'The Poisoned Dwarf' as the Allies knew him is cast as a pinched faced shark, a sleek pitch black haired predator with eyes darker than any great white. The actor, Ulrich Matthes, is a casting coup. He doesn't have to act. His mere presence is enough to suggest the unending levels of cruelty he propagated. He sheds a few tears too and coming from that face, you do not believe one salty drop. You also got the sense that if this man ever smiled, the whole film would fall. His wife, played by Corinna Harfouch, is colder than the deepest fish, steelier than any blade. Her eldest child can sense something is wrong and fights against the sleeping draft. It takes two adults to force feed it to her. It's horrific to see children die by their mother's hand but it's twice as horrific to see a child struggle against what she could barely comprehend. This is my mother. She is killing me.

The other moment that affected me was a simple cut. To what, I won't reveal but I will say that the fall of Nazism was accompanied by a huge number of suicides and I can only conclude that these men (for they were all men) knew exactly what they were a part of. Death by their own hand was a way of avoiding execution, global revulsion and being hunted for the rest of their lives. Hitler's architect and close friend, Albert Speer, is the only man within Hitler's inner circle who comes out of the movie with any shred of dignity or decency. Played stoically by Heino Ferch, he admits to his leader that he disobeyed orders of great cruelty and actively did the opposite. Here is a man who didn't have the strength (as no single man had) to question and halt the atrocities but on his own terms he did what he could from the Nazi inner circle. He later claims he knew very little and the Nuremberg International Military Tribunal showed him some clemency (the twenty years of imprisonment type of clemency) but Speer's reputation as a 'good Nazi' is still in debate over twenty four years after his death in London in 1981.

By late April 1945, Hitler was a shadow of his former, ebullient self. Ravaged by what's now believed to be Parkinson's Disease, he prowls the bunker, spine folded forward, one hand shaking behind his back. His downfall also brought on a sense of denial that may have been interpreted as stress-induced madness. He certainly wasn't listening to his generals, all of whom he accused of being traitors simply by dint of their losing ground to the Russians. One of his generals (whom Hitler sentences to death in a fit of pique) marches to the leader's side and demands to be told why. Hitler is impressed by the man's fortitude and bravery and hands him command of another doomed regiment. He deadpans that as a choice between the two he'd rather have been shot. This line of dialogue sums up the futility of the Nazi's position at this crucial moment in the Allies' push for Berlin.

Eva Braun (Juliane Köhler) is well known as Hitler's mistress and in the final hours, wife. But like Traudl, you get the impression that she knows nothing about what the Nazis were really capable of. She's a freewheeler but when the crunch comes she also stands by her man until the very end. Her determination to go down dancing is touching if a little inappropriate as the bombs blast in the windows. Her friendship with Traudl is sincere (like an older sister to an impressionable younger sibling) and to see the two of them 'nip out of the bunker' for a cigarette is amusing even if they do have to come straight back in again as the shelling starts. But despite the horror and the gloom, the director chooses to signal Hitler's own suicide with a visual gag. After the gunshot, several soldiers and generals all light up, something verboten in the bunker while Der Fürhrer was still alive.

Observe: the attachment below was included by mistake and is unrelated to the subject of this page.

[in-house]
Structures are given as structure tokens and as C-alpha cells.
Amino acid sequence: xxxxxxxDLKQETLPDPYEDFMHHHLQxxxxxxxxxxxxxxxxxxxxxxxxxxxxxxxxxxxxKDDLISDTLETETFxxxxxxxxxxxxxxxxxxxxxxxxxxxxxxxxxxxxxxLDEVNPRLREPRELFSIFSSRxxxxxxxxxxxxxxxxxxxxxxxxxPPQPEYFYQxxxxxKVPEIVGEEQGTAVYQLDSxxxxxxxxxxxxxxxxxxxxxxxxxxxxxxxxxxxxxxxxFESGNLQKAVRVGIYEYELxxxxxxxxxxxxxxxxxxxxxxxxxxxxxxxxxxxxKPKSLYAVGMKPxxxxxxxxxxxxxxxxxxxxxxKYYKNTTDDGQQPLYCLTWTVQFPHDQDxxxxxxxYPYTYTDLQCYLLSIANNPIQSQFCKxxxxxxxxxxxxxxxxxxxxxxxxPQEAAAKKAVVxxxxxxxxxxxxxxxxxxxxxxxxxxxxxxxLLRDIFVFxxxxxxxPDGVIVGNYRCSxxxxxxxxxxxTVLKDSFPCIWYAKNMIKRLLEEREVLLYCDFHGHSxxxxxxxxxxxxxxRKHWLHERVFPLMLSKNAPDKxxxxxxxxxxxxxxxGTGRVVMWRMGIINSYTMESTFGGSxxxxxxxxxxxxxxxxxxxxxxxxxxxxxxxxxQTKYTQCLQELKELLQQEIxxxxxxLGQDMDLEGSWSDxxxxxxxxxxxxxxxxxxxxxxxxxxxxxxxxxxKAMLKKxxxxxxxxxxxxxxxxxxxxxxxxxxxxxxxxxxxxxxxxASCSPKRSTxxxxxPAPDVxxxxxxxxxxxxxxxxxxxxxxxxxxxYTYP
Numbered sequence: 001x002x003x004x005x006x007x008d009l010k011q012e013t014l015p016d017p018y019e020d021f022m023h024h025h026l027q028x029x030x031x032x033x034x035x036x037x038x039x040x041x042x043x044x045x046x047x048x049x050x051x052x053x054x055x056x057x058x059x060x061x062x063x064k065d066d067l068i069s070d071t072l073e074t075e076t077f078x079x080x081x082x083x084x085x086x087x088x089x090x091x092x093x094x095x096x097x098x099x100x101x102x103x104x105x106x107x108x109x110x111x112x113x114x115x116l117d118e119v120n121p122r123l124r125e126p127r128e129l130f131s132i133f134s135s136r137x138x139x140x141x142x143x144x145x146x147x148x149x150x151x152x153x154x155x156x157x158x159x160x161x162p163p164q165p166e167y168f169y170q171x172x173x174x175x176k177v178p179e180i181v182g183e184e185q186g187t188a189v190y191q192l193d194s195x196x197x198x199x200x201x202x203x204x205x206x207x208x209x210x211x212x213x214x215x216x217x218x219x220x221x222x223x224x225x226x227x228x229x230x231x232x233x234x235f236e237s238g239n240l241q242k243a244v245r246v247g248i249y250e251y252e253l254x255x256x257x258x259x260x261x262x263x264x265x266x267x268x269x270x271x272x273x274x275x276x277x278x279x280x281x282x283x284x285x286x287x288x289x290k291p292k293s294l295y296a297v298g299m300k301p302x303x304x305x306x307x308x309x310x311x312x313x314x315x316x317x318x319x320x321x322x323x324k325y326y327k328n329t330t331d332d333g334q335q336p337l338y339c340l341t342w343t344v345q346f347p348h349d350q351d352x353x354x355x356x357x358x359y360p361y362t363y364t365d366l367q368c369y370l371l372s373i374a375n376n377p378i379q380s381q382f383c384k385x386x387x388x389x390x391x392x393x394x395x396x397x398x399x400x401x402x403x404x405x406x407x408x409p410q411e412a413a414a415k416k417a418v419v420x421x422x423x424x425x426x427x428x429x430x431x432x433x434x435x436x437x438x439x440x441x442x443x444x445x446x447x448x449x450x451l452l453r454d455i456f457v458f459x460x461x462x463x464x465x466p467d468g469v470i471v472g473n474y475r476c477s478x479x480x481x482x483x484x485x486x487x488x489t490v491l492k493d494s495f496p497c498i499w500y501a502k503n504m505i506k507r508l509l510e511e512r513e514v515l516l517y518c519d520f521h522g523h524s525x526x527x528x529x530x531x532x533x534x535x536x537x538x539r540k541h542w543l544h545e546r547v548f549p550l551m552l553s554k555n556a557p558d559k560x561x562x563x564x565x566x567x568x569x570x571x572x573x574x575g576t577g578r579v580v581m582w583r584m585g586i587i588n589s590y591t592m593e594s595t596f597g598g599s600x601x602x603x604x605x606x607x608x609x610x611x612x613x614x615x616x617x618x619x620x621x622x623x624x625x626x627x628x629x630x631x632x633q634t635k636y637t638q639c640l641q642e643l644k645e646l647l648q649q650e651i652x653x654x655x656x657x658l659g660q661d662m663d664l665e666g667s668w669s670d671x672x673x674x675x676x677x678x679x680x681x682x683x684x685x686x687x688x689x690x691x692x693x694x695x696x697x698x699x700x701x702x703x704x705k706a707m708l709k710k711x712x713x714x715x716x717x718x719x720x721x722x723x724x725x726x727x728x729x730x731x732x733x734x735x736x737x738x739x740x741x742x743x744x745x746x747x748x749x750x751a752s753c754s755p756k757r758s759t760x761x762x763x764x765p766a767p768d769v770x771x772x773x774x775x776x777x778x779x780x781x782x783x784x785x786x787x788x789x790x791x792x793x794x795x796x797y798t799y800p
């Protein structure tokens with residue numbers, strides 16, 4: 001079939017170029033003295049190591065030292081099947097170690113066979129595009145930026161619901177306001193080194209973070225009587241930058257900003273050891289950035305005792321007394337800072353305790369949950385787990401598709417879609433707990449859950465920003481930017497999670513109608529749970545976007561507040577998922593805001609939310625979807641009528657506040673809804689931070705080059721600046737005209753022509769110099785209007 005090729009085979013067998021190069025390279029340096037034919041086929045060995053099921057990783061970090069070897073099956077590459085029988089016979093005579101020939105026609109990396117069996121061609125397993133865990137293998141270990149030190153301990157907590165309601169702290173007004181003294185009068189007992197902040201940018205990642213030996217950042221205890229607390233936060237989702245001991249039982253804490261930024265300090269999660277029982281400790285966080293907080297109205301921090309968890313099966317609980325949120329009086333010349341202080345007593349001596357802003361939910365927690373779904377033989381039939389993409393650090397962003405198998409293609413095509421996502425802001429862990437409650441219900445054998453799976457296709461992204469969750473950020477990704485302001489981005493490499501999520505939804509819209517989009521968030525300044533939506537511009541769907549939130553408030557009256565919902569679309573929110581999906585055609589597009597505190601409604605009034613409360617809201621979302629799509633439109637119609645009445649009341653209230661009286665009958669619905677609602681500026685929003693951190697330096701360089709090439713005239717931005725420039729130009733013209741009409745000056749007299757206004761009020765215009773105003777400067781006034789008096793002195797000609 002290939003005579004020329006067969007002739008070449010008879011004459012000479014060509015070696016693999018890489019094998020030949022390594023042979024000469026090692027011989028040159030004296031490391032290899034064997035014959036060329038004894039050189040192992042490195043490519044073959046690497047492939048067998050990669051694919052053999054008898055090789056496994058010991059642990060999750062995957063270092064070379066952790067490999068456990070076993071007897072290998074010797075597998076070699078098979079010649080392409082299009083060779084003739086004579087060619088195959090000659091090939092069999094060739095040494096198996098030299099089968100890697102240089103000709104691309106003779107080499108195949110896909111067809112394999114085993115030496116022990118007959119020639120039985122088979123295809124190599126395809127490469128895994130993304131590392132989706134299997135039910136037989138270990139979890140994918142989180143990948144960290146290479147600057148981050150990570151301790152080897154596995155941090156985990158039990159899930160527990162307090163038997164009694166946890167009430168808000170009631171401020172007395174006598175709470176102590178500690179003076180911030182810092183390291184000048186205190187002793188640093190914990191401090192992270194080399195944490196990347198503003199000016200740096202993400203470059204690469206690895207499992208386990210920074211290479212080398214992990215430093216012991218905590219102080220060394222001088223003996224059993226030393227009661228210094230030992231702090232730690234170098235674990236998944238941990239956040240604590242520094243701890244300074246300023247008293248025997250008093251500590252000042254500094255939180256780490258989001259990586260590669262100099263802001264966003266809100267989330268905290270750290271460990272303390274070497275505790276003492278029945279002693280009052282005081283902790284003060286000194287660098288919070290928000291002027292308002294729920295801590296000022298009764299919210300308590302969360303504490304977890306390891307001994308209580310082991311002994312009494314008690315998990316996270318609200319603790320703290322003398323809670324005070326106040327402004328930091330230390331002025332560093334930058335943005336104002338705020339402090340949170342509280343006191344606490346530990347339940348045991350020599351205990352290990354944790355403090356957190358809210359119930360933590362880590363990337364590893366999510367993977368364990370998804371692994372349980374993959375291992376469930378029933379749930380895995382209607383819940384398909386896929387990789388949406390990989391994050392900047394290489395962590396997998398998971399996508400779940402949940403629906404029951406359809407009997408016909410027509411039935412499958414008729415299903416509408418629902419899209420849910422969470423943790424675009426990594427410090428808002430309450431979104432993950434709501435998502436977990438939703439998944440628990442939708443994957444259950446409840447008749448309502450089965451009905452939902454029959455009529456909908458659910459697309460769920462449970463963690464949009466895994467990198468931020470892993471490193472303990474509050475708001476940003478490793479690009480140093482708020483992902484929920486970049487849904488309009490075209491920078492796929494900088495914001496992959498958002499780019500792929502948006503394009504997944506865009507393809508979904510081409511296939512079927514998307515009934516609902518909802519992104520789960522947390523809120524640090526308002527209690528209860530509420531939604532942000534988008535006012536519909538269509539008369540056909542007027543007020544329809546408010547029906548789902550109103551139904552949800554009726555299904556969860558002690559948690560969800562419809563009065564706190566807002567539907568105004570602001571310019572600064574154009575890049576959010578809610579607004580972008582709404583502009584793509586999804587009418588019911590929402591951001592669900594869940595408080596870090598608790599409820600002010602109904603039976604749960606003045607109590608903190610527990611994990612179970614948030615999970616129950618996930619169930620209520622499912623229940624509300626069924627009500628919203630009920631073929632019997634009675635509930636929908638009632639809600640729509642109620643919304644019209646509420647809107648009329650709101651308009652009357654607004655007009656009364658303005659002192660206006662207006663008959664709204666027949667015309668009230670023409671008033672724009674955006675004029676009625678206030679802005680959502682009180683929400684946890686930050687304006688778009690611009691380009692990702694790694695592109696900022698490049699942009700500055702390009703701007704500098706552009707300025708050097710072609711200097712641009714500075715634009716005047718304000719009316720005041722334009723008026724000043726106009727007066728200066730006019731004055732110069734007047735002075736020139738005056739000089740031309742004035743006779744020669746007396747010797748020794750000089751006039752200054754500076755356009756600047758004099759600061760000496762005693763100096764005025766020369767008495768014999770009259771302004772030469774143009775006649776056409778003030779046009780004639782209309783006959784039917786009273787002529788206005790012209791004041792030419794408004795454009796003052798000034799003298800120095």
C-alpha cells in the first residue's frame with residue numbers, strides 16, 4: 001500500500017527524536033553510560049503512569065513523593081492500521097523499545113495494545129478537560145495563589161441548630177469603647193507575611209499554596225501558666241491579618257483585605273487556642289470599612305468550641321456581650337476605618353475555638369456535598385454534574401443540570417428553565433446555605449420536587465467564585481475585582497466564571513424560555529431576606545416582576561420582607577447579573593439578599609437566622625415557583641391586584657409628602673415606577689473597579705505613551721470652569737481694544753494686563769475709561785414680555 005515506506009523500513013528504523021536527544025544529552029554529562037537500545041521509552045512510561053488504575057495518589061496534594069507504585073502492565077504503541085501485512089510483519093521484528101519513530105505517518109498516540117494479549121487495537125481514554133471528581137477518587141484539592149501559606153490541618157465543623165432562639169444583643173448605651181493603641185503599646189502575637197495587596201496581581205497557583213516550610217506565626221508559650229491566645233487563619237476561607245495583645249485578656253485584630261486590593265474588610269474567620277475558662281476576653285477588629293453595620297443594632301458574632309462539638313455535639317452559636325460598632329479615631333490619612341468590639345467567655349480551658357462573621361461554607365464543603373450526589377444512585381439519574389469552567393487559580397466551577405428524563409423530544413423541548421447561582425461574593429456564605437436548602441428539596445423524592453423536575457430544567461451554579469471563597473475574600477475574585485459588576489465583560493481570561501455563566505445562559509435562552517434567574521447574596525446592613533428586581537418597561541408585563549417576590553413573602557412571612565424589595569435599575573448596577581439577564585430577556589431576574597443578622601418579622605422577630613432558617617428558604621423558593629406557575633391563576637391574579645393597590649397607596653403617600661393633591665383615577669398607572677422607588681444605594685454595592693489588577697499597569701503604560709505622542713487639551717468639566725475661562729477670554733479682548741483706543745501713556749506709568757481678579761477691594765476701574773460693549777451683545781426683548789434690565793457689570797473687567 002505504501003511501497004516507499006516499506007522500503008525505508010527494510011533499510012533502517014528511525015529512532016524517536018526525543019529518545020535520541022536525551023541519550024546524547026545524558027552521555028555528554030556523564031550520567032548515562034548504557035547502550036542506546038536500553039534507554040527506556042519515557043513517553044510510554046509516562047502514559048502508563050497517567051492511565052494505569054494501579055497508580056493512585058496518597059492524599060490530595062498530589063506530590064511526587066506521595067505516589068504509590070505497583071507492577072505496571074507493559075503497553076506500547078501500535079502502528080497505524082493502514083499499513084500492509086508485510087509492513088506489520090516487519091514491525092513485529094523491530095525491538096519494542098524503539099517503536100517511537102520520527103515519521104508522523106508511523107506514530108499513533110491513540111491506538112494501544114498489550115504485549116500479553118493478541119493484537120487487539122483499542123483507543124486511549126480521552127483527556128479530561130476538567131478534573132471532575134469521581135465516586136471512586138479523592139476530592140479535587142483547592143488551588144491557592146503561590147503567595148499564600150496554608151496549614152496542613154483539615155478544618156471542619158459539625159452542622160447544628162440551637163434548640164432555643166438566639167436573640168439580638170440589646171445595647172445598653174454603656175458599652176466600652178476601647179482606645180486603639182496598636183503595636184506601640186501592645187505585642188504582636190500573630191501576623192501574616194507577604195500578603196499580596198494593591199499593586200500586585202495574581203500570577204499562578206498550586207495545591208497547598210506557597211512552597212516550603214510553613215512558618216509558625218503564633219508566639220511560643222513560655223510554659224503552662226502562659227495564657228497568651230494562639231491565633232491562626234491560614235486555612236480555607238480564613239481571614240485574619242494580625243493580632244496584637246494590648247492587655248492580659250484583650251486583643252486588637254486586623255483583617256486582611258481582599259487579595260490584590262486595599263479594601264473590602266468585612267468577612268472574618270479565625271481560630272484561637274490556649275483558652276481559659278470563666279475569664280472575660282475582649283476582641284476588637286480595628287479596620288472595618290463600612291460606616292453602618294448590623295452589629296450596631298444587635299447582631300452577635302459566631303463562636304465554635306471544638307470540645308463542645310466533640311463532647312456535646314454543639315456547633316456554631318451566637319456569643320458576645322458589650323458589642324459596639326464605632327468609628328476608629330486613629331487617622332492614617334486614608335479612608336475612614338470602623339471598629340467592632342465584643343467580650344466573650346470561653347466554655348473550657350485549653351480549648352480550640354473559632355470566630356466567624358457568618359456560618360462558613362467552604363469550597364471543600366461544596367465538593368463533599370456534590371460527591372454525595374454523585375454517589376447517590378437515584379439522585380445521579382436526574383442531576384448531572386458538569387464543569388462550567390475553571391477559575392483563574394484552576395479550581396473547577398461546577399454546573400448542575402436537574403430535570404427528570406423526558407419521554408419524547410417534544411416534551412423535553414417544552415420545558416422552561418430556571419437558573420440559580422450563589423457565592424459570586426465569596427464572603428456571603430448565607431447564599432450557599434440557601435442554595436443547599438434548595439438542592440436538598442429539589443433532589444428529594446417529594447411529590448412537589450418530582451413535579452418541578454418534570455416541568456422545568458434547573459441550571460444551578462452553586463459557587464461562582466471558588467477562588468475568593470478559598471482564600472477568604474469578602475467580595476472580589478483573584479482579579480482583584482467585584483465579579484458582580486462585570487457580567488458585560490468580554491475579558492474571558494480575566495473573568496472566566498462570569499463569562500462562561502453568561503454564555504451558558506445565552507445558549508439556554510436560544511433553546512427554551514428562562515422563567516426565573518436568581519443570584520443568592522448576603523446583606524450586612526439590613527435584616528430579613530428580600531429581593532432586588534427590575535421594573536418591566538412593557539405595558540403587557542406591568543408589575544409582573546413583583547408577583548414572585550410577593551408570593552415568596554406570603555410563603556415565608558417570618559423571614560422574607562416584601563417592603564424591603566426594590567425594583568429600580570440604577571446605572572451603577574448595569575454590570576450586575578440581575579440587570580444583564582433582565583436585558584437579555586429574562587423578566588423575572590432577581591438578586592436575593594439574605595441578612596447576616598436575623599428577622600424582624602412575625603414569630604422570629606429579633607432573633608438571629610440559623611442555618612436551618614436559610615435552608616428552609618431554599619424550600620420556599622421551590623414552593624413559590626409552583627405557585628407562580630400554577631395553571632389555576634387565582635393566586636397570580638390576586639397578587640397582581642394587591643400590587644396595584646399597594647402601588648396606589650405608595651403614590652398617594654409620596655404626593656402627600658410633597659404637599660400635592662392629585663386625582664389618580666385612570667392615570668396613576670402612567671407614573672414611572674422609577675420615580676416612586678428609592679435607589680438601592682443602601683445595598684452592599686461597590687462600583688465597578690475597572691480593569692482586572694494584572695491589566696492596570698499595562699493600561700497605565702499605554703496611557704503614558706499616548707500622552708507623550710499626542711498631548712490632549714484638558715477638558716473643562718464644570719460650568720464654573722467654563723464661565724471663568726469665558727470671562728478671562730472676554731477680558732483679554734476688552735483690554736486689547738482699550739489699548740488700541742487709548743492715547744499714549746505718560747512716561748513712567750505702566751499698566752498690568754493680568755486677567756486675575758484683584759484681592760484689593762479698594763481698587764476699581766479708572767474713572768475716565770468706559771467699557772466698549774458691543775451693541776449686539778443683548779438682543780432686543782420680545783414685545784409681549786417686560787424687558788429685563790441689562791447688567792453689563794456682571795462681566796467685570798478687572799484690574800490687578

Once the bunker's residents have either left or gone to hell, the Russians arrive. It's a testament to the film's gripping nature that the fate of the higher echelon of Nazi officers is not the core of the film. It is Traudl. Wearing a Nazi jacket trying to downplay her femininity (difficult as she has a beautiful face) she moves through the Russian ranks hoping to escape by virtue of her sex. How or if she manages and what help comes from a tragic sub-plot of the film I won't spoil.

In all, Downfall is an extraordinarily assured work. It sensitively treats a sensational subject with restraint and detachment. It manages to place a crucial moment in history at arm's length but close enough that we can smell the cordite and the grim stench of the bloody operating rooms. Any closer and it would have become exploitative. I can't imagine a better handling of the subject matter and let's hope it's gone some way to rid the German people of some uncomfortable baggage. After all, monsters grow in all climes, countries and circumstances…

Downfall
Der Untergang

Germany/Italy/Austria
Austria 2004
156 mins
director
Oliver Hirschbiegel
producer
Bernd Eichinger
screenplay .
Bernd Eichinger
from the book by
Joachim Fest
and the book 'Bis zur letzten Stunde' by
Traudl Junge
Melissa Müller
cinematography
Rainer Klausmann
editor
Hans Funck
music
Stephan Zacharias
production design
Naomi Shohan
starring
Bruno Ganz
Alexandra Maria Lara
Corinna Harfouch
Ulrich Matthes
Juliane Köhler
Heino Ferch
Christian Berkel
review poster
21 May 2005